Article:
Conflicts between humans are often, though not necessarily always, rooted in selfishness. These conflicts include struggles for power, land, resources, prestige, and many other instruments of self-interest. Even when human conflicts have overtones of being for some higher purpose, such as for liberty or against oppression, the basic desire for the survival and flourishing of the self often remains a core motivation. Likewise other conflicts we see throughout the sentient animal kingdom appear to be motivated by the desire for instruments of self-interest such as survival, food, or territory [35]. While non-sentient species (animal or otherwise) may also appear to act in their own self-interest, it is inappropriate to attribute intent to them because intent is presumably a property of sentience.

And lest you imagine that the author of the Guardian article was just reading more into the report than the scientists actually wrote, let me hasten to reassure you. From the report itself:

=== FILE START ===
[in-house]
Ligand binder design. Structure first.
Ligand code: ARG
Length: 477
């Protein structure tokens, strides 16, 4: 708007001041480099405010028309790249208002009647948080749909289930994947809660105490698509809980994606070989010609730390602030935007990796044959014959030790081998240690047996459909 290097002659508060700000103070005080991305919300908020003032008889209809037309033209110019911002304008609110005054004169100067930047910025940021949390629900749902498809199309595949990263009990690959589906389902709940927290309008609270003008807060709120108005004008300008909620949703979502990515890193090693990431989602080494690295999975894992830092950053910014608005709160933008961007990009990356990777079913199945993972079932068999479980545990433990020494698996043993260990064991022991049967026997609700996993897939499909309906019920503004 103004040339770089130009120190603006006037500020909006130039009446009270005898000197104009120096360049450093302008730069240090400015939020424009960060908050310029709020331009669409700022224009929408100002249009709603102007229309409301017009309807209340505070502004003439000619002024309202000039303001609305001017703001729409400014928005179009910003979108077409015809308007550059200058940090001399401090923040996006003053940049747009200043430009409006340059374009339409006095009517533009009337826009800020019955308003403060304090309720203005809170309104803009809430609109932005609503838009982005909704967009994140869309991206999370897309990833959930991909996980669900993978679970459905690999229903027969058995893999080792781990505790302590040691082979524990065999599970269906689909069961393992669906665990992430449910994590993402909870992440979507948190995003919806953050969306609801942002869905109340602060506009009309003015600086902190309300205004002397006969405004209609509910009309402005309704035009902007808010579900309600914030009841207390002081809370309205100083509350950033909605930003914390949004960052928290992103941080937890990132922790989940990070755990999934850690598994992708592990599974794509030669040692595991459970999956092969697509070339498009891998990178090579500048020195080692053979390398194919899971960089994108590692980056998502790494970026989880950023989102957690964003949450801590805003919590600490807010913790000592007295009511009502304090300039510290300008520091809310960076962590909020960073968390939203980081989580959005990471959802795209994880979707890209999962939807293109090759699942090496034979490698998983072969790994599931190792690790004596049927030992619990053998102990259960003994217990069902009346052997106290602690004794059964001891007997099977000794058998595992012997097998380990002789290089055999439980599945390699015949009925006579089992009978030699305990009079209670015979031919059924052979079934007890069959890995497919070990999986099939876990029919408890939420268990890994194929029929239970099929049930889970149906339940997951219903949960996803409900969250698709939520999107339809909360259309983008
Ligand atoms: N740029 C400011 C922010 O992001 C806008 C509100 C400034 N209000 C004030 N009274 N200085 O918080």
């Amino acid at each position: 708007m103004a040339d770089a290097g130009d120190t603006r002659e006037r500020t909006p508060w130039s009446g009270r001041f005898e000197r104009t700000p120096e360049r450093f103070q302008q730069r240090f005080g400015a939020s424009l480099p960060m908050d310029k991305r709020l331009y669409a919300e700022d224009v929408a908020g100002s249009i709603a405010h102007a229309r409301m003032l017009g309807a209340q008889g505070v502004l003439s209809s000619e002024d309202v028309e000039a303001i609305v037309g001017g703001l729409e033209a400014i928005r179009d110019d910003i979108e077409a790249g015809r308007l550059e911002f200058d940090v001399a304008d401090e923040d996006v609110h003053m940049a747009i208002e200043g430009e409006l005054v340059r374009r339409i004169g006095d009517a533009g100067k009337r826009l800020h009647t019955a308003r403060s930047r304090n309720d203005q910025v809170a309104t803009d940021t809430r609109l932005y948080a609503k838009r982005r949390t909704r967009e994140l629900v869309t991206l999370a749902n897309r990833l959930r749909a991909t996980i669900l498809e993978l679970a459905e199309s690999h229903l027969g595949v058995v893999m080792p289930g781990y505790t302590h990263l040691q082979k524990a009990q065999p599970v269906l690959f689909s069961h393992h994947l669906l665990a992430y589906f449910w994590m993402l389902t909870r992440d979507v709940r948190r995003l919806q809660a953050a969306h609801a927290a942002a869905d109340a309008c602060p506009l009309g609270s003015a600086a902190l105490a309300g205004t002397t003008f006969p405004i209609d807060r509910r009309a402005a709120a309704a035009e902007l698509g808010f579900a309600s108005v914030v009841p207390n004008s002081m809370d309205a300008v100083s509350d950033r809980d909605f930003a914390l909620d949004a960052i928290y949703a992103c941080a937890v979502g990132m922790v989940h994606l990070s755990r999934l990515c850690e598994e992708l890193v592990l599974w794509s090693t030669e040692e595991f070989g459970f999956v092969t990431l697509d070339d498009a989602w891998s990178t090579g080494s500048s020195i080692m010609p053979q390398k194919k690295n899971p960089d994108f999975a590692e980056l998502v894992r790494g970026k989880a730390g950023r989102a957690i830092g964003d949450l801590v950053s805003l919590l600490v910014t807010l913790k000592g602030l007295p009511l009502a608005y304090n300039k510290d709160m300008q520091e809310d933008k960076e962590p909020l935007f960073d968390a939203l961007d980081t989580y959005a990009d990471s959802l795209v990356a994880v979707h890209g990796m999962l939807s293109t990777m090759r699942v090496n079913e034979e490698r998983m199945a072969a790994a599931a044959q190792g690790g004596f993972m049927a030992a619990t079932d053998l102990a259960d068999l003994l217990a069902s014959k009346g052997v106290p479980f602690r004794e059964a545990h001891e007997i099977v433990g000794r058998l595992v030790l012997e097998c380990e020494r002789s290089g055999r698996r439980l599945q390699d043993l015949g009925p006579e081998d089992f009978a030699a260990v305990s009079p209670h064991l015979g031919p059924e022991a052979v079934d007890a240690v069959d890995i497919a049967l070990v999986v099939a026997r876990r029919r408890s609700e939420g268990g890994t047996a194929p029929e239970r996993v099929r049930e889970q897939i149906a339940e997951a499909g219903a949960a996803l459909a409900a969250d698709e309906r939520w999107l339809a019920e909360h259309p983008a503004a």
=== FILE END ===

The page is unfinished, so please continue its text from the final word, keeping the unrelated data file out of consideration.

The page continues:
The possibility of harmful contact with ETI suggests that we may use some caution for METI [messages to ETI]. Given that we have already altered our environment in ways that may viewed as unethical by universalist ETI, it may be prudent to avoid sending any message that shows evidence of our negative environmental impact. The chemical composition of Earth’s atmosphere over recent time may be a poor choice for a message because it would show a rapid accumulation of carbon dioxide from human activity. Likewise, any message that indicates of widespread loss of biodiversity or rapid rates of expansion may be dangerous if received by such universalist ETI. On the other hand, advanced ETI may already know about our rapid environmental impact by listening to leaked electromagnetic signals or observing changes in Earth’s spectral signature. In this case, it might be prudent for any message we send to avoid denying our environmental impact so as to avoid the ETI catching us in a lie....